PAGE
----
Trusts are a way of setting up a legal arrangement between two or more people that allows them to share their property, assets, and liabilities. There are two types of trusts: discretionary trusts and irrevocable trusts.
Discretionary trusts can be set up by any two individuals who want to create one. The trustee, who is usually the settlor (the person who sets up the trust), has complete control over the trust assets and is responsible for managing them as well as distributing them when requested by beneficiaries. A discretionary trust can also be used to provide protection against creditors of both parties involved in its creation.
An irrevocable trust can only be created by an individual who makes an irrevocable gift of their property to another person or entity (such as a family member) who has unlimited power over the assets held within it. In this case, there is no beneficiary or trustee; rather, the settlor’s property provides security for others who may have claims on it—including beneficiaries’ claims!
In this article, we elaborate further on this discussion and look at the types of trusts in Nevada. We study the trusts and much more in the following lines:
Nevada Trusts are Different
Nevada trusts are different from those in other states. They have probate and intestate succession, which means they can control your property directly. They’re also more structured than trusts in many other states, which allows them to be more efficient and cost effective for the person setting up a trust or estate plan through Nevada law.
In Nevada, trusts can control their grantors’ property even if they’re not living anymore—and even after they’ve passed away! Suppose a grantor dies without naming a successor (like in an old-fashioned will). In that case, his or her assets are transferred into probate court, where they’ll be administered by someone who hasn’t been given any say over them yet: namely, his or her personal representative (also called executor).
Trusts in Nevada are more structured than trusts in many other states. Unlike the majority of states, Nevada allows you to create a “lifetime” trust that can give your beneficiaries legal authority over all of your property, not just that which passes to a successor at death.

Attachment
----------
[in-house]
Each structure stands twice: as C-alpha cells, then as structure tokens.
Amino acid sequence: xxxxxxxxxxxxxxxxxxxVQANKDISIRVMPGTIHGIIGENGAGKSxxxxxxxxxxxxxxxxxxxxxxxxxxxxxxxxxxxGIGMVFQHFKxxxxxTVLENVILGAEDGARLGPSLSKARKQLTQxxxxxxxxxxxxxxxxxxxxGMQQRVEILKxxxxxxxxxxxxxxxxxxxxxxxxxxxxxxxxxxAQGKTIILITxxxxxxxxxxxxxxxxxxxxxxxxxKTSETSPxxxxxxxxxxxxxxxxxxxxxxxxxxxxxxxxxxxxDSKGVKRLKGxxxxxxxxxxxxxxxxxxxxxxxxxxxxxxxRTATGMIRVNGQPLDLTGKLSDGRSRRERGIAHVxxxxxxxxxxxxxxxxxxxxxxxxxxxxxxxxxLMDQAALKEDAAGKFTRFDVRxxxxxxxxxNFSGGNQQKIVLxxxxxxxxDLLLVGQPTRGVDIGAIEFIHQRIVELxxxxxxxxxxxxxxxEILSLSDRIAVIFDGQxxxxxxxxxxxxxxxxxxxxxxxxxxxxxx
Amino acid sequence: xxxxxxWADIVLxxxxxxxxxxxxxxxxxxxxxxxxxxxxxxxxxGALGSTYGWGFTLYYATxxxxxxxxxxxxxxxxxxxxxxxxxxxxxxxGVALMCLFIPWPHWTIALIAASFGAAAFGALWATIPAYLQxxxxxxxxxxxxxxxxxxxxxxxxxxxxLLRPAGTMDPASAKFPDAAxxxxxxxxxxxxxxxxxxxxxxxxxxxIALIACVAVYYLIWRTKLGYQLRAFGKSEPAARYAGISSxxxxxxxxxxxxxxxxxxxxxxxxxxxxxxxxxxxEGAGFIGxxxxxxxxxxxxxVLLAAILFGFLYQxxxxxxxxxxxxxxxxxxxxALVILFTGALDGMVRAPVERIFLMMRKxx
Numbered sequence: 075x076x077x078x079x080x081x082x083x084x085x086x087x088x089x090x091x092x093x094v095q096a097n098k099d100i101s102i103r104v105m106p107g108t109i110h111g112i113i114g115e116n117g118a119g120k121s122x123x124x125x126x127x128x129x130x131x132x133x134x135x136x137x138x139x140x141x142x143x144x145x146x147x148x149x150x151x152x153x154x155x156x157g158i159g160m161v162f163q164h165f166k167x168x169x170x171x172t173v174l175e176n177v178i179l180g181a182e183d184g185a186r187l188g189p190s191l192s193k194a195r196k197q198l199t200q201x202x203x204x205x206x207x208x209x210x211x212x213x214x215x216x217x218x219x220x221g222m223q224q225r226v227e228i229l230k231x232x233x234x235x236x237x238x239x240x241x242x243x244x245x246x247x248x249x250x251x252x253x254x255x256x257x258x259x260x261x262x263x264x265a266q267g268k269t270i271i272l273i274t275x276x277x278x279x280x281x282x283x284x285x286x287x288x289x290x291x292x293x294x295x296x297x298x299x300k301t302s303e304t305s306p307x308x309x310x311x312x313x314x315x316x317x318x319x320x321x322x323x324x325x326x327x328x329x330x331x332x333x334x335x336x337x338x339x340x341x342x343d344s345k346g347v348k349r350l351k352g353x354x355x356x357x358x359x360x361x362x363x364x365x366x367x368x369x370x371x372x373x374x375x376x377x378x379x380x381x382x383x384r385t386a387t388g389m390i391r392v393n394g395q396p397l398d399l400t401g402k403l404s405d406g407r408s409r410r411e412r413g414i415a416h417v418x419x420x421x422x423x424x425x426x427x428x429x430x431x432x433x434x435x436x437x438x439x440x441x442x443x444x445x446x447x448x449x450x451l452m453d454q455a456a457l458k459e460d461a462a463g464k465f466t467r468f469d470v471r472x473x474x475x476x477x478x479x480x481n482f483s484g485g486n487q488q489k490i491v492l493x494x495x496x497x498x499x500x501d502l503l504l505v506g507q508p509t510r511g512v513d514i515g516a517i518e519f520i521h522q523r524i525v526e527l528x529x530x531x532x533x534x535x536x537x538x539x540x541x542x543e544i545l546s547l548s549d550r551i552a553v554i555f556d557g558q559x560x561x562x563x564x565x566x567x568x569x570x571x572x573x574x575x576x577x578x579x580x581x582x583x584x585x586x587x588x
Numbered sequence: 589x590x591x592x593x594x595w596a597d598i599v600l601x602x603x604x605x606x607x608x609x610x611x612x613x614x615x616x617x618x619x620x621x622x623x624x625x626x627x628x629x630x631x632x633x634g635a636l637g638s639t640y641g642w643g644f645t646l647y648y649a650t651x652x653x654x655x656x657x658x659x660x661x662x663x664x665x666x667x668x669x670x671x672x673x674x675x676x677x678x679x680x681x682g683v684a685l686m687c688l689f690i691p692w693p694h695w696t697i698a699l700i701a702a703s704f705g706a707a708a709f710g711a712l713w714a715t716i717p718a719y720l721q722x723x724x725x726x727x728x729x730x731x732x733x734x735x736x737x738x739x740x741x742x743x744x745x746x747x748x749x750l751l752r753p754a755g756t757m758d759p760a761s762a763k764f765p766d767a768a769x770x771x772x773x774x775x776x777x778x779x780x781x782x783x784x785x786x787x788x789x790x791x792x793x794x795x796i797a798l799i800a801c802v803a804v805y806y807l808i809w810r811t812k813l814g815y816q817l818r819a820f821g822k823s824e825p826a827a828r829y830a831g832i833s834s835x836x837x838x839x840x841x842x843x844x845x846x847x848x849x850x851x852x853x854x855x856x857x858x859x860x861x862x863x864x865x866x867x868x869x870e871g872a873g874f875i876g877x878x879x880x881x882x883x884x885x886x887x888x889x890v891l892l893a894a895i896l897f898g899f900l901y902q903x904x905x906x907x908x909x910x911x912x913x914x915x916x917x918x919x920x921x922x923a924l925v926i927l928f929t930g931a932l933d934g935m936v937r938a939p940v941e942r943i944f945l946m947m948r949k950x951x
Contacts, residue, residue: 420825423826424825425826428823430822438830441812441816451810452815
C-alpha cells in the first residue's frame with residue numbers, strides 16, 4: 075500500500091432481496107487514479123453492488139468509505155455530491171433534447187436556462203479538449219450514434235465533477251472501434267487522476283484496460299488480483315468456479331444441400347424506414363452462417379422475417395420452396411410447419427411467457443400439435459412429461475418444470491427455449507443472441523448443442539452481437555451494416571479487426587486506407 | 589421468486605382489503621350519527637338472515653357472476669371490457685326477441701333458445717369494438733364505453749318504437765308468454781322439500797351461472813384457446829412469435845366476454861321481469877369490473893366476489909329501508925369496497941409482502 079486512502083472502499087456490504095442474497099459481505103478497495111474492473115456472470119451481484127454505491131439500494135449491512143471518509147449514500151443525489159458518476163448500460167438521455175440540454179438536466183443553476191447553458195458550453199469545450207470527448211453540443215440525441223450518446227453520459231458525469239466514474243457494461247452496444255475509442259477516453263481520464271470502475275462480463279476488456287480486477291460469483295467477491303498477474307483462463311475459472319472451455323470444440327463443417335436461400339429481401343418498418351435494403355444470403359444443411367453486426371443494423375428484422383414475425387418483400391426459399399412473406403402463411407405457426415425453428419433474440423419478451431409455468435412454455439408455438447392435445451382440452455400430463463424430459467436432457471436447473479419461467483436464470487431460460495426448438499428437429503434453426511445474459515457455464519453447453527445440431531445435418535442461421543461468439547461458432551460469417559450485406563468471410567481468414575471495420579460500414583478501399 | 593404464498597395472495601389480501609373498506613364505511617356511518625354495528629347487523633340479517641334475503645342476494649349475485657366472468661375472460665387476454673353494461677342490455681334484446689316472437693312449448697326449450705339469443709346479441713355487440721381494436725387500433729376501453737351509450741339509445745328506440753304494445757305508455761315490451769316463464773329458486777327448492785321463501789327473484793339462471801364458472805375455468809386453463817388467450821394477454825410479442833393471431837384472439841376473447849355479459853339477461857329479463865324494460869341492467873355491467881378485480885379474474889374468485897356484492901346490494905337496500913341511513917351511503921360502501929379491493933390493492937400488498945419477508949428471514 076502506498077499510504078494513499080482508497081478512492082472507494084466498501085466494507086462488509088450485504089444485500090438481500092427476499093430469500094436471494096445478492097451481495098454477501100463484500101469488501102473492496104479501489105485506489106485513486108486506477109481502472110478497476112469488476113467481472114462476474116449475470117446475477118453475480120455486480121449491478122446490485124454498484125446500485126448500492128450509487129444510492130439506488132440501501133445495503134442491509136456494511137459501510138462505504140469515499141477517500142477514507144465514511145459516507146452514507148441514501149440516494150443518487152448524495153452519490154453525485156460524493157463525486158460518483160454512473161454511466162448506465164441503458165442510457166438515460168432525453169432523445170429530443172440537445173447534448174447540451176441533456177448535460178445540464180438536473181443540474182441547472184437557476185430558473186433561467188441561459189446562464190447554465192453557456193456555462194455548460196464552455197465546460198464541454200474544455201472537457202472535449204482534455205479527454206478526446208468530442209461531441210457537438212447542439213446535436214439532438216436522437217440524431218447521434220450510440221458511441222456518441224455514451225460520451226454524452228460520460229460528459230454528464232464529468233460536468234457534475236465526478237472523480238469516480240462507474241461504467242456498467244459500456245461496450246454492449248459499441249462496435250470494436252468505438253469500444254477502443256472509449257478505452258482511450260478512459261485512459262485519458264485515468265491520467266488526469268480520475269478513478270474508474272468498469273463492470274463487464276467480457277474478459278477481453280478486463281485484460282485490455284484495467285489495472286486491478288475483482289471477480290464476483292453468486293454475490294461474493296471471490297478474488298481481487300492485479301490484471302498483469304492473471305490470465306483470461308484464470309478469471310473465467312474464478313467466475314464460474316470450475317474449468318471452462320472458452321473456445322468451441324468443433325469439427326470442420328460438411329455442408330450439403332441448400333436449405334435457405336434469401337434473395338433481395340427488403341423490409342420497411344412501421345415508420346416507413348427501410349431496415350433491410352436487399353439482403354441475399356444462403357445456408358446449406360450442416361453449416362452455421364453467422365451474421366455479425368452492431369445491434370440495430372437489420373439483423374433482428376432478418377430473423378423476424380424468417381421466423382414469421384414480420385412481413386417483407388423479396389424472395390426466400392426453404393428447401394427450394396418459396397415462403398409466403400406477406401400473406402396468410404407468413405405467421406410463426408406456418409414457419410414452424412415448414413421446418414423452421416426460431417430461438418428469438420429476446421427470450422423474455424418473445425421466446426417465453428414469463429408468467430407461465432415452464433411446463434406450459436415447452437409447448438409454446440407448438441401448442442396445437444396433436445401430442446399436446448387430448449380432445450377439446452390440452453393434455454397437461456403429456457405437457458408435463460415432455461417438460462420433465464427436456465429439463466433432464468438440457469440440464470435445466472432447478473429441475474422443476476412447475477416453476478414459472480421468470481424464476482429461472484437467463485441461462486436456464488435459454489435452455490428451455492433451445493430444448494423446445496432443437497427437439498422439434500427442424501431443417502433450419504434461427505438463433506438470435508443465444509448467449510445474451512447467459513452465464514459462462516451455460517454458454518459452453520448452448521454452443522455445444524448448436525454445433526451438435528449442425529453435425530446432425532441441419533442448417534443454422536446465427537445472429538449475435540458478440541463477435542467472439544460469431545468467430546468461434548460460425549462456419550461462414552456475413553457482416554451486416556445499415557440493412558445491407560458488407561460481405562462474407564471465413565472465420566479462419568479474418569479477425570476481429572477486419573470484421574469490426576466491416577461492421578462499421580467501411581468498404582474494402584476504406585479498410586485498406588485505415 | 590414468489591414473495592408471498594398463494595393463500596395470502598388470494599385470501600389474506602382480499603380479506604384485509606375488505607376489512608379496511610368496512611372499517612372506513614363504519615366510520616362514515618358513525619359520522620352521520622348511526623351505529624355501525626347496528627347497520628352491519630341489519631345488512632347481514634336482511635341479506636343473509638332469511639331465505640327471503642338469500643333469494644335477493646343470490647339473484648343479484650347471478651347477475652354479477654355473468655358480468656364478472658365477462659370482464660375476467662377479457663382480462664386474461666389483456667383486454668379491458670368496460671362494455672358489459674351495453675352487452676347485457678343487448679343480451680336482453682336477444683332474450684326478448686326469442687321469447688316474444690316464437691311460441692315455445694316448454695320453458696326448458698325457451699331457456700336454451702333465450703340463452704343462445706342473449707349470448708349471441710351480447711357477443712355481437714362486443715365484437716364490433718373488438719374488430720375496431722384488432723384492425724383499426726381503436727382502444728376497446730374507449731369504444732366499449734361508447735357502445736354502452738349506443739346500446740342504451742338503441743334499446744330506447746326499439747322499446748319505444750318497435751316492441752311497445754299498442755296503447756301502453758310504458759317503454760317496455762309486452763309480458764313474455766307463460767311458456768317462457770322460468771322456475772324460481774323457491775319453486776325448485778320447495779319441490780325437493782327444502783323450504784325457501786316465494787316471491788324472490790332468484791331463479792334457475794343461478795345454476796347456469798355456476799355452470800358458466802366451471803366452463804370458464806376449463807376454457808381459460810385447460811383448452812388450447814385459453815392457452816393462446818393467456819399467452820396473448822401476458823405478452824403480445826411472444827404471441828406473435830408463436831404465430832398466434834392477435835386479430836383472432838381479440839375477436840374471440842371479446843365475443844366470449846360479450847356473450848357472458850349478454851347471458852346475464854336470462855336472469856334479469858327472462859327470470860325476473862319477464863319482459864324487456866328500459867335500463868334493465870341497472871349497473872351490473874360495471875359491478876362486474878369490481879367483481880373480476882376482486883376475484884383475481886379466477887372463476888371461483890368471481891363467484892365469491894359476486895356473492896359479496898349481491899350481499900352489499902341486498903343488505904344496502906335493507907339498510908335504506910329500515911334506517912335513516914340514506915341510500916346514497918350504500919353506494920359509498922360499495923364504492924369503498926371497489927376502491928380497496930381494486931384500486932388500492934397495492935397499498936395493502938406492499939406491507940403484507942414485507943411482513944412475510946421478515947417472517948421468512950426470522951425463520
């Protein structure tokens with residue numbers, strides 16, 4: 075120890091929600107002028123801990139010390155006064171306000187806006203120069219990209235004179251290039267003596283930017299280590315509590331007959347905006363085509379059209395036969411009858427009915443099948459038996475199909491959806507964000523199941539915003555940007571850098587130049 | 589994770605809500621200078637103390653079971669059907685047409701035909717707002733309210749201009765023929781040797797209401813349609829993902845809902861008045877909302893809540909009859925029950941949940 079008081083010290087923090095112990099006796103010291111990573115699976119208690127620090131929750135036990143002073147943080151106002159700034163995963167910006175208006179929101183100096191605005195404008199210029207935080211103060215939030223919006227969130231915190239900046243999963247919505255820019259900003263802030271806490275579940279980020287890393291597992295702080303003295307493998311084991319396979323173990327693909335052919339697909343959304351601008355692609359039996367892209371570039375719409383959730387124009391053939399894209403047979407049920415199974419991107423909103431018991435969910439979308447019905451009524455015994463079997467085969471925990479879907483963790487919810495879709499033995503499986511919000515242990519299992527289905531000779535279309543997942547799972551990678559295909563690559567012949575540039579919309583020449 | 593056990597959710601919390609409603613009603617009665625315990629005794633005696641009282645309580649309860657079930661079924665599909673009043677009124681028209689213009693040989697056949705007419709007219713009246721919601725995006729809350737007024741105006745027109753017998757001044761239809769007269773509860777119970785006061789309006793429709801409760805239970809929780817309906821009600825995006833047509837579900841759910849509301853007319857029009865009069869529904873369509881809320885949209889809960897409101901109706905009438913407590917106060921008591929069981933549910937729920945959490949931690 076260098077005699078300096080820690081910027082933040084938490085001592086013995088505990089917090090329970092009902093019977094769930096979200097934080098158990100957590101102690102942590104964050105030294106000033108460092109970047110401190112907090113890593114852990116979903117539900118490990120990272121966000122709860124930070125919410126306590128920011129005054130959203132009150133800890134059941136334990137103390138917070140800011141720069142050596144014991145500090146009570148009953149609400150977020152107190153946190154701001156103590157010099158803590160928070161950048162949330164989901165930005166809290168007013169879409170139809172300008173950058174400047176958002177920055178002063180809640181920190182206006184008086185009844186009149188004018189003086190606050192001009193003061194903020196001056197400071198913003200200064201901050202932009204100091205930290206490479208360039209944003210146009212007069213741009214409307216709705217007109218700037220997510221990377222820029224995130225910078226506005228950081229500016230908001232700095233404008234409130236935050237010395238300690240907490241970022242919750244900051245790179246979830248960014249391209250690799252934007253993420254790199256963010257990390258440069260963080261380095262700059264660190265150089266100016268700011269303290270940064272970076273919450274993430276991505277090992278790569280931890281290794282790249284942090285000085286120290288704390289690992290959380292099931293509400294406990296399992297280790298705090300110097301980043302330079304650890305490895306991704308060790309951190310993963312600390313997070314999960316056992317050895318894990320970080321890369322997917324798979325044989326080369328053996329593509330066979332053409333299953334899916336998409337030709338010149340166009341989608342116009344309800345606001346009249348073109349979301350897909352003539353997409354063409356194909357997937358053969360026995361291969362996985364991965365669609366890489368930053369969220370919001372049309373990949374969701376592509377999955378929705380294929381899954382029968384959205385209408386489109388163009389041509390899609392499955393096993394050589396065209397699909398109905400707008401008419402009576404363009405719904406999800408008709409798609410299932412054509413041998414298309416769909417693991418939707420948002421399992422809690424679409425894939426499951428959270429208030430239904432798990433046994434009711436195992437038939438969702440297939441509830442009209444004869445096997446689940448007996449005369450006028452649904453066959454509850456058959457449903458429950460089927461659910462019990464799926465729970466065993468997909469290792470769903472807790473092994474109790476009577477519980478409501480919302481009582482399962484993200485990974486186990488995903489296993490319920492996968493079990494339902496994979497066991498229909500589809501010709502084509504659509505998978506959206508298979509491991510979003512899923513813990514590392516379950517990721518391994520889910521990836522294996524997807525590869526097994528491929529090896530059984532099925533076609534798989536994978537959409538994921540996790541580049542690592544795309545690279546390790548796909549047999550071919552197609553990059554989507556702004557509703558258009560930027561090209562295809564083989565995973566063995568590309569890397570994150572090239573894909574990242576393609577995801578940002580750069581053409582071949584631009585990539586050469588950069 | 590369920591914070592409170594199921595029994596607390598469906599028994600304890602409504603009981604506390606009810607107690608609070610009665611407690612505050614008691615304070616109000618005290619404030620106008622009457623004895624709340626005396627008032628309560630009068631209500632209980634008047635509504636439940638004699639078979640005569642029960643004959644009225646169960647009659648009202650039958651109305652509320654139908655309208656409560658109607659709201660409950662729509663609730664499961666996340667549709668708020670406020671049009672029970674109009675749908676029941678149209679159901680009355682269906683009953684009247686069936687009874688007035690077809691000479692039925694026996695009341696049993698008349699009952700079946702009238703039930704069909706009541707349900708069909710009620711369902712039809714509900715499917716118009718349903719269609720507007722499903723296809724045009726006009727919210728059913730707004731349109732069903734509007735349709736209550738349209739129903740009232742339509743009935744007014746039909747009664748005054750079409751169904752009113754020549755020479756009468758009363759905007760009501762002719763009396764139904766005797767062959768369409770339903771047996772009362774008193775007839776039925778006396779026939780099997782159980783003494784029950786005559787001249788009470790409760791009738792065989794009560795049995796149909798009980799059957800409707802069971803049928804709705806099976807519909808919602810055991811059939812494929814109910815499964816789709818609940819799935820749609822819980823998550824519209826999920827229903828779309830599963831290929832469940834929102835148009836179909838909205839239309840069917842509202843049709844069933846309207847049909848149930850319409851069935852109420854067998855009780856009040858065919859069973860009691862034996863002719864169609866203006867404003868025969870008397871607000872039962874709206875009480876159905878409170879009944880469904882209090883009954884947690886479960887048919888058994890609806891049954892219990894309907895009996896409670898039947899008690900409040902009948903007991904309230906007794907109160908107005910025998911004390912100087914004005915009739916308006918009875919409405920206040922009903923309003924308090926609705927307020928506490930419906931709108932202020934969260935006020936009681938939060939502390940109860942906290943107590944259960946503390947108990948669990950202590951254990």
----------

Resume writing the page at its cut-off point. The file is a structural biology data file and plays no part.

Trustee can Control Estate
Nevada trusts can give you legal authority over all of your property, not just that which passes to a successor at death. This means that if you die without naming a successor trustee and there is no will or trust, the trustee may be able to control your estate.
If you already have a living trust in Nevada, it’s important to understand how this differs from other types of trusts. A living trust has more similarities with an IRA than it does with traditional wills—and this could affect how much tax breaks you get from using it!
The trust is a legal entity that can be used to control your affairs, property and assets. In most states, trusts are not considered valid unless they have been properly registered with the court where they were created or other authority within that state (such as a local government).
You should visit an attorney if you live in Nevada and wish to create a trust for yourself or someone else you know. The process can be simplified through expert guidance. You should contact the knowledgeable estate lawyers at the Bourassa Law Group as soon as possible if you want to create a trust. Call us at (800)870-8910 for a free consultation!
How to Resolve Trust and Estate Disputes Peacefully
Even though it’s preferable to avoid estate disputes from ever occurring by putting the recommended estate planning procedures into effect, occasionally inevitable disagreements require legal action. Trusts and estates sometimes involve many participants, many of whom have competing interests. Negotiations and settlement are two ways that disagreements might be resolved. Legal action may be necessary […]